Germany offers many opportunities to advance in your research career.
Guest lectureship at a higher education institution: as a guest lecturer, you can carry out teaching and research activities at German higher education institutions for a limited period of time. A guest lectureship has advantages for everyone: the students benefit from your expertise and intercultural perspective, while you, in turn, gain useful experience at a German university as well as professional and methodological impulses for your own work.
Employment at a higher education institution: of course, you can also apply for a job position at a German higher education institution. Many traditional universities as well as universities of applied sciences and arts are looking for international reinforcement. You could also combine a job as a research assistant with a doctoral thesis.
Employment in the R&D sector of a company: international researchers have good prospects of finding a job in German companies. There is particularly high demand for skilled workers in areas with an insufficient number of qualified applicants in Germany, such as engineers and IT specialists.
If you are interested in doing research in Germany, feel free to visit the “Research in Germany” portal.
How to do research in Germany in 5 steps
If you want to conduct research in Germany, it is best to start looking for a job while you are still in your home country. Numerous job portals online provide a job database specifically for research and science. You can find an overview of them on the Research in Germany website.
2. Financing and funding:
To work as a researcher in Germany, you must prove that you are able to support yourself financially. Many academic employees in Germany are paid according to collective wage agreements and can therefore easily finance their research stay, if they have a full-time job. You can also secure funding for your research stay through a research scholarship. This is especially worthwhile if you want to carry out a project for a limited time period. Many institutions support international researchers from all disciplines. You can find an overview on the Research in Germanywebsite.
The “Who needs a visa?” section provides information on whether you need an entry visa or a residence permit for your research stay in Germany. As a rule, a visa or residence permit is required if you are not from the EU, EEA or Switzerland. The specific requirements for the issuance of a visa are listed in the "Visa for Research" section.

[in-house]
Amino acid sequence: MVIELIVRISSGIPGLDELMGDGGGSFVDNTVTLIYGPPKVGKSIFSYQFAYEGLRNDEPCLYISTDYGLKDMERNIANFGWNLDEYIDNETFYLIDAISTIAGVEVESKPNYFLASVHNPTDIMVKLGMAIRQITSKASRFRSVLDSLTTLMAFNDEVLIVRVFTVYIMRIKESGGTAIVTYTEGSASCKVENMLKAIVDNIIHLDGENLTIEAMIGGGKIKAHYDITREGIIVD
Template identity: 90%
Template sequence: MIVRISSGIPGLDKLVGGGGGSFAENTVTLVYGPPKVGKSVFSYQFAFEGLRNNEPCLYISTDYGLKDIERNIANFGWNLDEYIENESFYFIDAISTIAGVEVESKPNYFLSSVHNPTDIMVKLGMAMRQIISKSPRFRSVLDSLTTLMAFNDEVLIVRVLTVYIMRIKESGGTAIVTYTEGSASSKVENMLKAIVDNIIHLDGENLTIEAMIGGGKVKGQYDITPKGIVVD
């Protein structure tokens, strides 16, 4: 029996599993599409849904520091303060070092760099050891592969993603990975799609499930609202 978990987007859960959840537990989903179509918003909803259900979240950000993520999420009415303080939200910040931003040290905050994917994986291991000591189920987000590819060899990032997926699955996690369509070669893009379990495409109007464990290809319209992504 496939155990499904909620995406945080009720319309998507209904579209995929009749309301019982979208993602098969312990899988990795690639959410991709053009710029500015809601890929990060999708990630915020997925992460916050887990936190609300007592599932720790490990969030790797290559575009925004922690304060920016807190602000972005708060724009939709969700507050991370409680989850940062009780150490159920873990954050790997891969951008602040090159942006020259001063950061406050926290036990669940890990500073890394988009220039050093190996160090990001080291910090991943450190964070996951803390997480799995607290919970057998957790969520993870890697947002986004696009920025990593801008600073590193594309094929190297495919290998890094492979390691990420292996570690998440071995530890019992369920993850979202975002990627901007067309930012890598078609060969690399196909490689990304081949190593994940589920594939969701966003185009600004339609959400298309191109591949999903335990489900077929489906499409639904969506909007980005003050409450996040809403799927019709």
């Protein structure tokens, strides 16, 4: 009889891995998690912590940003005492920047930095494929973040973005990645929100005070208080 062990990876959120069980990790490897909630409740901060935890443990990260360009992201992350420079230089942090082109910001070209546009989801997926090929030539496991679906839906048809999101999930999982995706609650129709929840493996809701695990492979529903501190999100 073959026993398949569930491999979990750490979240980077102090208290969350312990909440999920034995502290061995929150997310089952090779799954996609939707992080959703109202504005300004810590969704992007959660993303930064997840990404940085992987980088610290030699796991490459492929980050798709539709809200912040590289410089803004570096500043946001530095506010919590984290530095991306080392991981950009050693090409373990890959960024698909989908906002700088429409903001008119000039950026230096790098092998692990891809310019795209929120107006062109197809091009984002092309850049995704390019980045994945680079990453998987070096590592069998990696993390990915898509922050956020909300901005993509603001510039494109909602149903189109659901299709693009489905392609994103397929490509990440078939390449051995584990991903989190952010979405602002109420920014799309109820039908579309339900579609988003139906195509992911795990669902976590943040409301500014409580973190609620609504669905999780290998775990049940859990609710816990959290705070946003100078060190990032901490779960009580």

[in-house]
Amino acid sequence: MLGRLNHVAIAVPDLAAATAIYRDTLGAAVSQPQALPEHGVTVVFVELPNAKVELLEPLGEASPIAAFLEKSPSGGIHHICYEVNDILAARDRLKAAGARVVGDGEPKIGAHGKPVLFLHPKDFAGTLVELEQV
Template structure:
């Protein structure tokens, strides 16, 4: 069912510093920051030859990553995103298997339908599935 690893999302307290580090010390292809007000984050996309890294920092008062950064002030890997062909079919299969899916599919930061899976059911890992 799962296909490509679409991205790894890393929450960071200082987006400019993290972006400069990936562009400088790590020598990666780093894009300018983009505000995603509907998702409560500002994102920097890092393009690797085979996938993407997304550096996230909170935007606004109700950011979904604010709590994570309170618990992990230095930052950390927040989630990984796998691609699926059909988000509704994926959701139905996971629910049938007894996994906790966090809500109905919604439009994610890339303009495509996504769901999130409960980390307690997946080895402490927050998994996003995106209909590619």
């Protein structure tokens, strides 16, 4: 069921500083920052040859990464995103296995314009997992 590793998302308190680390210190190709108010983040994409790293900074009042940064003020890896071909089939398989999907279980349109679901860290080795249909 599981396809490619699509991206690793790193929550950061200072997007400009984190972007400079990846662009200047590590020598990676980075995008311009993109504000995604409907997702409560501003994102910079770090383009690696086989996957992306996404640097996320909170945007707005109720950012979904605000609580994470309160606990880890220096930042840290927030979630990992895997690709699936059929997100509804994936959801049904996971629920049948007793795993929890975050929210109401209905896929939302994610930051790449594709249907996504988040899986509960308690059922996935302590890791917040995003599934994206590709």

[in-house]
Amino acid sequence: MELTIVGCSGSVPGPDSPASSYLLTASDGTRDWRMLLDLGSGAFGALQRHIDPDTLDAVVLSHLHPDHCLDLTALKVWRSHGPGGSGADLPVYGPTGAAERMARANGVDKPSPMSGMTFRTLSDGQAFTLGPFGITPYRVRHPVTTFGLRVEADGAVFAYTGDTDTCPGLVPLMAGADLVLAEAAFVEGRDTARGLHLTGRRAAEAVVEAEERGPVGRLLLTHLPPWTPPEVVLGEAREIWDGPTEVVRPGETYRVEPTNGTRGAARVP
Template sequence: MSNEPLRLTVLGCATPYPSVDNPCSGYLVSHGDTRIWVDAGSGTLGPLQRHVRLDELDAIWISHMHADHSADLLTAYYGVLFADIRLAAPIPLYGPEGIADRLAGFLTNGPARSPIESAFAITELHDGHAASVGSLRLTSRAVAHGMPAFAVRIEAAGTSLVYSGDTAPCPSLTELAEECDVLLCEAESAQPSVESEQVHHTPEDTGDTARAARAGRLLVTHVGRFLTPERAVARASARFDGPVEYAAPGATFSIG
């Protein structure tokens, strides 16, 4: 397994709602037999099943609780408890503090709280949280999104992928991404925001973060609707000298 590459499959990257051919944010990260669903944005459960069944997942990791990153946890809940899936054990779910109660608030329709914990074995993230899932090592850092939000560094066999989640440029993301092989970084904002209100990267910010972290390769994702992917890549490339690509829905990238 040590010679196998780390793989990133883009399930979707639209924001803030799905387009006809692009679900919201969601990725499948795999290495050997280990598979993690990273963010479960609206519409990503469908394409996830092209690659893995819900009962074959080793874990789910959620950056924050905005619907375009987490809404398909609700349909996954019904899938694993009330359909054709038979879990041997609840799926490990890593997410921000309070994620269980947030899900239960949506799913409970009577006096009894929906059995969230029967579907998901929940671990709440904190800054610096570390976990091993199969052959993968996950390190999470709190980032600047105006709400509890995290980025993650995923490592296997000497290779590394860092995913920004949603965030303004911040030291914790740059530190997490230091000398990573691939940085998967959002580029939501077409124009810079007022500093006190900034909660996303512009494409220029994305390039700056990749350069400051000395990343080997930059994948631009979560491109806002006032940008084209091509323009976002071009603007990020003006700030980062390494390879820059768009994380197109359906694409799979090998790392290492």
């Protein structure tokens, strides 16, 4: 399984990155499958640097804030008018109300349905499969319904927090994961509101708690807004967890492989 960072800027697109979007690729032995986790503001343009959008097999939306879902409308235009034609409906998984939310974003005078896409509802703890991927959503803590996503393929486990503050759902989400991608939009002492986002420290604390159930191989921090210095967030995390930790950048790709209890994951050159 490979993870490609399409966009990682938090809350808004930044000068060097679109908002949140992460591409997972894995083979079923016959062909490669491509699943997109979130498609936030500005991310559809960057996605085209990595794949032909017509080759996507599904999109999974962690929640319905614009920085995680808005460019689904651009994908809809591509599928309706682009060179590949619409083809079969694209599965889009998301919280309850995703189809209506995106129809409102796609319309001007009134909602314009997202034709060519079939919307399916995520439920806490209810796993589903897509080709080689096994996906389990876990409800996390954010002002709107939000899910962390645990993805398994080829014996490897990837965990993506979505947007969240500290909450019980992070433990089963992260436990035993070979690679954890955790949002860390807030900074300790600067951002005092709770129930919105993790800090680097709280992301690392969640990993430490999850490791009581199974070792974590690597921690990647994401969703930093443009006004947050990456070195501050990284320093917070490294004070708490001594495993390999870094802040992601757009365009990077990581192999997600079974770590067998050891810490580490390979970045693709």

4. Prospects for the family:
As a citizen of an EU country, your spouse and children have the same rights to freedom of movement as you do, and they can move here with you without a visa. If you are not from the EU but have a residence permit as a scientist or researcher, your spouse also has the right to a residence permit with which they can take up any job in Germany. Of course, you can bring your children with you. You can find more information about school and childcare in the "Family life in Germany" section.
Career opportunities for spouses: many universities in Germany will support your partner in their job search. So-called Dual Career Services as well as the universities’ Welcome Centres accompany you and your family on your way to Germany and support you in settling in. About 40 universities are currently represented in the Dual Career Network Germany (DCND). If your employer of choice is not on this list, why not ask them directly about their family support services?
5. Language skills:
As a scientist or researcher, you usually do not have to prove any skills regarding your proficiency in German due to English being the default language in international research teams. Your spouse does not need to know German either. However, the German language will help you tremendously in your exchanges with German colleagues, students or employees in companies and administration. Language skills also help you and your family in settling in and finding a new home and friends in Germany. Here you can find useful tips concerning the German language.
The Immigration Act provides for two titles which govern entry and residence in Germany: the settlement permit (Niederlassungserlaubnis) and the residence permit (Aufenthaltserlaubnis). The residence permit is temporary and is granted for a specific reason, such as gainful employment, training or family reunification, or else for humanitarian, legal or political reasons.